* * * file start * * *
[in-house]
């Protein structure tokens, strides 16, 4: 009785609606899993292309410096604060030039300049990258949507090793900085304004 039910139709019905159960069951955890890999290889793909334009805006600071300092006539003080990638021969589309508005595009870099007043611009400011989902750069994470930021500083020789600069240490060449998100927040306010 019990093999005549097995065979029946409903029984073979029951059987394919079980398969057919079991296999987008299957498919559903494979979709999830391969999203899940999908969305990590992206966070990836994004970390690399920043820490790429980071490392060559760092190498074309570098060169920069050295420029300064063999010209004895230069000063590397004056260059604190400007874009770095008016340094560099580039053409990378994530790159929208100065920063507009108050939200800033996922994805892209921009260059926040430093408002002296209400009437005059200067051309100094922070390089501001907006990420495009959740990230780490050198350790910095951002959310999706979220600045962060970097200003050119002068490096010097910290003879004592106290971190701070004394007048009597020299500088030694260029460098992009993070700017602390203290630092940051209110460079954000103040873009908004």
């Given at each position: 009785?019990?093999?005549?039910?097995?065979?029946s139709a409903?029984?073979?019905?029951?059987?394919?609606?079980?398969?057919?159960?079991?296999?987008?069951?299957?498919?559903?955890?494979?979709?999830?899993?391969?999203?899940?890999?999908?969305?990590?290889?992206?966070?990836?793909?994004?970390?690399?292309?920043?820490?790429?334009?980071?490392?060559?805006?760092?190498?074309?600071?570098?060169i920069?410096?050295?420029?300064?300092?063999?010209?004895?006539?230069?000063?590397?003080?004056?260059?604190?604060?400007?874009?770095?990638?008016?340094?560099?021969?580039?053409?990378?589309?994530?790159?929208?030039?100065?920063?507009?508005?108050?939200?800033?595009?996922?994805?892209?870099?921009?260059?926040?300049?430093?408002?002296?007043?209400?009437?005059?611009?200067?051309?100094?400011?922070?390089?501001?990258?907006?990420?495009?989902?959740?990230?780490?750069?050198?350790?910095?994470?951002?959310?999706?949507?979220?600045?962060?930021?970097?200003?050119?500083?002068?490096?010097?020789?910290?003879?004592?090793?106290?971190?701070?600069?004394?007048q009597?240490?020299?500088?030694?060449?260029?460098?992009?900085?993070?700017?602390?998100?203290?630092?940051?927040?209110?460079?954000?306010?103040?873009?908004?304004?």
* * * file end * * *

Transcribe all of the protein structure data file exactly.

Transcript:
[in-house]
């Protein structure tokens, strides 16, 4: 009785609606899993292309410096604060030039300049990258949507090793900085304004 039910139709019905159960069951955890890999290889793909334009805006600071300092006539003080990638021969589309508005595009870099007043611009400011989902750069994470930021500083020789600069240490060449998100927040306010 019990093999005549097995065979029946409903029984073979029951059987394919079980398969057919079991296999987008299957498919559903494979979709999830391969999203899940999908969305990590992206966070990836994004970390690399920043820490790429980071490392060559760092190498074309570098060169920069050295420029300064063999010209004895230069000063590397004056260059604190400007874009770095008016340094560099580039053409990378994530790159929208100065920063507009108050939200800033996922994805892209921009260059926040430093408002002296209400009437005059200067051309100094922070390089501001907006990420495009959740990230780490050198350790910095951002959310999706979220600045962060970097200003050119002068490096010097910290003879004592106290971190701070004394007048009597020299500088030694260029460098992009993070700017602390203290630092940051209110460079954000103040873009908004």
């Given at each position: 009785?019990?093999?005549?039910?097995?065979?029946s139709a409903?029984?073979?019905?029951?059987?394919?609606?079980?398969?057919?159960?079991?296999?987008?069951?299957?498919?559903?955890?494979?979709?999830?899993?391969?999203?899940?890999?999908?969305?990590?290889?992206?966070?990836?793909?994004?970390?690399?292309?920043?820490?790429?334009?980071?490392?060559?805006?760092?190498?074309?600071?570098?060169i920069?410096?050295?420029?300064?300092?063999?010209?004895?006539?230069?000063?590397?003080?004056?260059?604190?604060?400007?874009?770095?990638?008016?340094?560099?021969?580039?053409?990378?589309?994530?790159?929208?030039?100065?920063?507009?508005?108050?939200?800033?595009?996922?994805?892209?870099?921009?260059?926040?300049?430093?408002?002296?007043?209400?009437?005059?611009?200067?051309?100094?400011?922070?390089?501001?990258?907006?990420?495009?989902?959740?990230?780490?750069?050198?350790?910095?994470?951002?959310?999706?949507?979220?600045?962060?930021?970097?200003?050119?500083?002068?490096?010097?020789?910290?003879?004592?090793?106290?971190?701070?600069?004394?007048q009597?240490?020299?500088?030694?060449?260029?460098?992009?900085?993070?700017?602390?998100?203290?630092?940051?927040?209110?460079?954000?306010?103040?873009?908004?304004?």